WA backs Westport Taskforce final report on new port


Kwinana said to have space to grow and scope for efficient truck access

WA backs Westport Taskforce final report on new port
Site of the new port at Kwinana

 

The Westport Taskforce has released findings backed by the Western Australian government that Perth’s new container port be built at Kwinana.

Interestingly, the state government has resisted the trend of the previous decade to privatise the new port.

The final report has recommended a land-backed port be built within the Kwinana Industrial Area.

With roads to the present port in Fremantle mired in controversy and confrontation for years, the report is at pains to spruik the new port’s freight links.

"Good connectivity of the Restricted Access Vehicle (RAV) network between the port and industrial areas is critical to ensuring efficient containerised road freight supply chains," the report states.

"Kwinana is serviced by several east-west links which connect the Western Trade Coast through to the areas around Armadale and Byford, as well as Tonkin Highway and the South Western Highway.

"The primary links servicing this area are Anketell Road, Rowley Road and Thomas Road. As the Outer Harbour and Western Trade Coast develop and expand over the coming years, these east-west connections will become increasingly critical to the long-term operations of the State’s freight and logistics sectors.

"These east-west links have been preserved enough to present a unique opportunity to construct a major freight route that extends from the port gate in Kwinana through to Muchea in the north or Bunbury in the south.

"This freight route could be constructed along the Anketell Road corridor – or the Rowley Road corridor as an alternative or additional route if necessary – linking port Options B or D2 from the Kwinana coast directly through to Tonkin Highway in the east."

Anketell Road is the preferred option and the port will also be supported by an enhanced rail network and new intermodal terminals.

the Westport Taskforce makes five points in support of the Kwinana freight route approaches:

  • the unencumbered road corridor would allow trucks to travel at consistent speeds without the need for braking, saving on fuel and improving efficiency, while alleviating some noise concerns for residents along the Fremantle freight roads. Better efficiency ultimately would mean improved reliability, reduced transport times and decreased supply chain costs – delivering savings to businesses and consumers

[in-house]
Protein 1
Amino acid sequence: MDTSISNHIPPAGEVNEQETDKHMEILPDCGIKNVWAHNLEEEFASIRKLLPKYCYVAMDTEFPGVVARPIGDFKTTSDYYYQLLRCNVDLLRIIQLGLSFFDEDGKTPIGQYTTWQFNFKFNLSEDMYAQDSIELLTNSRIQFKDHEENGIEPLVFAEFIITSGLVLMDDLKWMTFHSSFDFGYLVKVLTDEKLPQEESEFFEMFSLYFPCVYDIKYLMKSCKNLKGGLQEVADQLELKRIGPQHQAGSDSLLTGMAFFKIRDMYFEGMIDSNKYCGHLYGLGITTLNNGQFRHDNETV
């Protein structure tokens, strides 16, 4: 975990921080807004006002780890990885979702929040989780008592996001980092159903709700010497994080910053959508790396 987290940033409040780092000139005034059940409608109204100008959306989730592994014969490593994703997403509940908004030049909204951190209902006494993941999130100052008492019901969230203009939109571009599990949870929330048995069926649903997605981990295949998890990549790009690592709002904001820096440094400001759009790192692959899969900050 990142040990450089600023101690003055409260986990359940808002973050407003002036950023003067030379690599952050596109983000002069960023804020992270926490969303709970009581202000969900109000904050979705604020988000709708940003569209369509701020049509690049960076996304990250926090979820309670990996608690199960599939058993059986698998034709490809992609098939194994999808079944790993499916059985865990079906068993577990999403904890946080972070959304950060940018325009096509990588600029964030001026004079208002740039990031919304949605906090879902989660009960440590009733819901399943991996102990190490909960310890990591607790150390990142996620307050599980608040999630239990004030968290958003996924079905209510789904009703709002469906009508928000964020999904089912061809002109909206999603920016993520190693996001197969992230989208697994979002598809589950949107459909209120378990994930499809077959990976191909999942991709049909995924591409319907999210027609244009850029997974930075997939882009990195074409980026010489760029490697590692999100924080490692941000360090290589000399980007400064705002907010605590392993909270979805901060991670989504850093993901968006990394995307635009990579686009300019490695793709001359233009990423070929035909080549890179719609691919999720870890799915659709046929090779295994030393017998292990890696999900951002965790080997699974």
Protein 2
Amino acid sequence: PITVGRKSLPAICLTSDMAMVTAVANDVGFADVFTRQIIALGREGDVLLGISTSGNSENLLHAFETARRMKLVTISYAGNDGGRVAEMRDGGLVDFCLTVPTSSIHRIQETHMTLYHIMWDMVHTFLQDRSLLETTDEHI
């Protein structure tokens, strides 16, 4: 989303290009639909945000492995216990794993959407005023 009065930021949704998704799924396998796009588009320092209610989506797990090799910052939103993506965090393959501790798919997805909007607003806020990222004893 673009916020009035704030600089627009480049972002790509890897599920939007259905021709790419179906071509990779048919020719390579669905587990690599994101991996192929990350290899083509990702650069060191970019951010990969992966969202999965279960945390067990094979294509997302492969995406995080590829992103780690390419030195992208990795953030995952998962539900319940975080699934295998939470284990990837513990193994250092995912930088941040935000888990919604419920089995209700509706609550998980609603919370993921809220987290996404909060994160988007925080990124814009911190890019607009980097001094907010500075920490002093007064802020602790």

• the Anketell/Tonkin freight route skirts around the metropolitan area, shifting trucks out of congested urban areas. This would result in much less interaction between trucks and cars, with improved safety and efficiency outcomes for all road users
  • trucks could exit the road at numerous points along the way, so they were not locked into one end destination as they would be with a tunnel. Both Rowley and Anketell Roads connect to other primary freight routes, including the Fremantle Rockingham Controlled Access Highway, Kwinana Freeway and Tonkin Highway
  • the freight route design would prevent some of the current issues experienced on Leach Highway, such as residential driveways, turning vehicles and intersections
  • the corridor could enable future trucking trends, such as automated platooning, to be considered.

 Read about GrainCorp’s Kwinana bulk liquids facility plan, here


"It is imperative that we plan for Perth's long-term future, beyond the capacity limits of Fremantle Port and its road and rail links," premier Mark McGowan says.

"Fremantle Port has served our state for the last one hundred years, it's now time to plan and build the next big piece of economic infrastructure that sets our State up for the next century.

"This is a once-in-a-lifetime project, it's time to get on with it and unlock WA's future."

Work will now proceed to determine the timetable of transitioning freight from Fremantle Port to Kwinana, the government says.

The transition will occur either in one step by 2032 or over a phased period that will see both ports share the freight task for around a further 15 years.

"Kwinana has been recognised as the logical location for a new container port for decades, with its existing industrial strip and room for expansion and development," ports minister Alannah MacTiernan says. 

"We must now move ahead over the next four years and build the case for investment: detailed environmental assessments, detailed port and supply chain design, thorough costings and ongoing engagement with industry and the community.

"Western Australia's new port will be a 21st century facility, embracing the latest in port design to create the capability to take the world's largest ships, and new technology to increase efficiency and reduce environmental impacts."

Government has allocated $97.2 million to progress on the recommended options, to be managed by a new Westport Office established in the Department of Transport.

That work is to prioritise:

  • assessing and mitigating environmental impacts
  • protecting land for future port and supply chain connections
  • detailed port, road and rail design
  • developing a business case for consideration by Infrastructure Australia. 

The Westport Taskforce's final report is available here.

 

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